In continuation of his war against drugs, Philippines President, Rodrigo Duterte has again signed an executive order for a nationwide smoking ban, prohibiting people from lighting cigarettes up in all public places. The order also includes hefty punishments — including jail time — for anyone caught advertising or providing tobacco products to minors.
Under the order, which takes effect in mid-July, the use of both regular and electronic cigarettes will only be allowed in “designated smoking areas” (DSAs) that are in open spaces or rooms with ventilation. Anyone under the age of 18 will be prohibited from entering.
Previously, smoking was banned in schools, universities, health clinics and government offices, but not indoor offices and workplaces, bars, restaurants and cafes.
The new order also puts tight restrictions on where tobacco products can be advertised. It prohibits the “placing, posting, displaying or distributing advertisement and promotional materials of tobacco products” within 100 meters of schools, playgrounds, recreational facilities and other areas frequented by minors.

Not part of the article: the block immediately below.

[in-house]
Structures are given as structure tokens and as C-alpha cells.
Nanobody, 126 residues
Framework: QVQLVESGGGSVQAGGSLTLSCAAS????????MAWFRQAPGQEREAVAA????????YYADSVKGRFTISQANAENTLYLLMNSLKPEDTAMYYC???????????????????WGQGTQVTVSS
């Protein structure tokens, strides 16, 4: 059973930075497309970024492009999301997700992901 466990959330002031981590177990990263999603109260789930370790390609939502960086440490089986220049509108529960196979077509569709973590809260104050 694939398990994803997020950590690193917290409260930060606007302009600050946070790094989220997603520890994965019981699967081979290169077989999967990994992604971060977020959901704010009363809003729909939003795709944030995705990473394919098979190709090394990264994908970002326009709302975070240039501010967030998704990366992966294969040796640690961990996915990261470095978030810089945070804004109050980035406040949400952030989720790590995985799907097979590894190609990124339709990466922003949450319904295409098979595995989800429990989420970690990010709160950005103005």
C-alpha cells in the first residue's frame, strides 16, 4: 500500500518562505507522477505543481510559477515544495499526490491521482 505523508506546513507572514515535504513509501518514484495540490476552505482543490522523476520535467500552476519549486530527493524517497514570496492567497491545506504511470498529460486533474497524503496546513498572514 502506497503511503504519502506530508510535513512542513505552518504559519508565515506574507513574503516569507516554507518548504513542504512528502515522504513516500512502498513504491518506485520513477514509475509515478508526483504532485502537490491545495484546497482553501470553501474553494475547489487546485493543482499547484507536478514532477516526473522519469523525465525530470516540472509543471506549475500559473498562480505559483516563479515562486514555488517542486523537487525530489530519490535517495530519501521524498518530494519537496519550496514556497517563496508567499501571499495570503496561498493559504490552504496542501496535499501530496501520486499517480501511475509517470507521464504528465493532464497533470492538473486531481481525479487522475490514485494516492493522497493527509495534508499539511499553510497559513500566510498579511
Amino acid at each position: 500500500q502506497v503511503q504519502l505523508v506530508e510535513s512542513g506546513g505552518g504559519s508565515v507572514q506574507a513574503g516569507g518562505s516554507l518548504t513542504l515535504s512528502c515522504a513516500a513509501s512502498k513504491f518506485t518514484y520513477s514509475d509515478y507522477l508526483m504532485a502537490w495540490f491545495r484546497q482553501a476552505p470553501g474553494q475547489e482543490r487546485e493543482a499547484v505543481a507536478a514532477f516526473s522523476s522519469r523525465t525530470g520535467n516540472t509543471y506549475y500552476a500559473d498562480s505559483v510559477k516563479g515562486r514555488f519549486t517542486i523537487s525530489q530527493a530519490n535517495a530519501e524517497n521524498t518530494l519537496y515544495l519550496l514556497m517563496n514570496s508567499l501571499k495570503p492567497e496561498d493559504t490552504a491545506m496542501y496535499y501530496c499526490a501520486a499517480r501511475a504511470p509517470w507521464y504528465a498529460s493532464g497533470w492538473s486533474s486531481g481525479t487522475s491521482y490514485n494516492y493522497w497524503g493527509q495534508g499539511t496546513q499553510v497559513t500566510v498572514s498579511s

People caught in violation face fines of up to $200 — a significant fee in a county where the average salary is just over $400 a month. Anyone caught providing tobacco products to minors can be sentenced to 30 days in jail.
The executive order calls on cities and municipalities to form local Smoke-Free Task forces to help enforce the order.
From mid-July, Filipinos will have to be careful where they light up.
Around one quarter of the Philippines’ population of 100 million people smoke, according to the World Health Organization, and is considered a leading cause of death in the country.
Duterte imposed a similar smoking ban in the city of Davao in 2002, during his 22-year tenure as mayor.
Nor is it just smoking prohibited in Davao. The city has multiple strict rules, including a nightly curfew for minors and restricted liquor sales during evenings and weekends — regulations which Duterte’s supporters say have significantly reduced crime.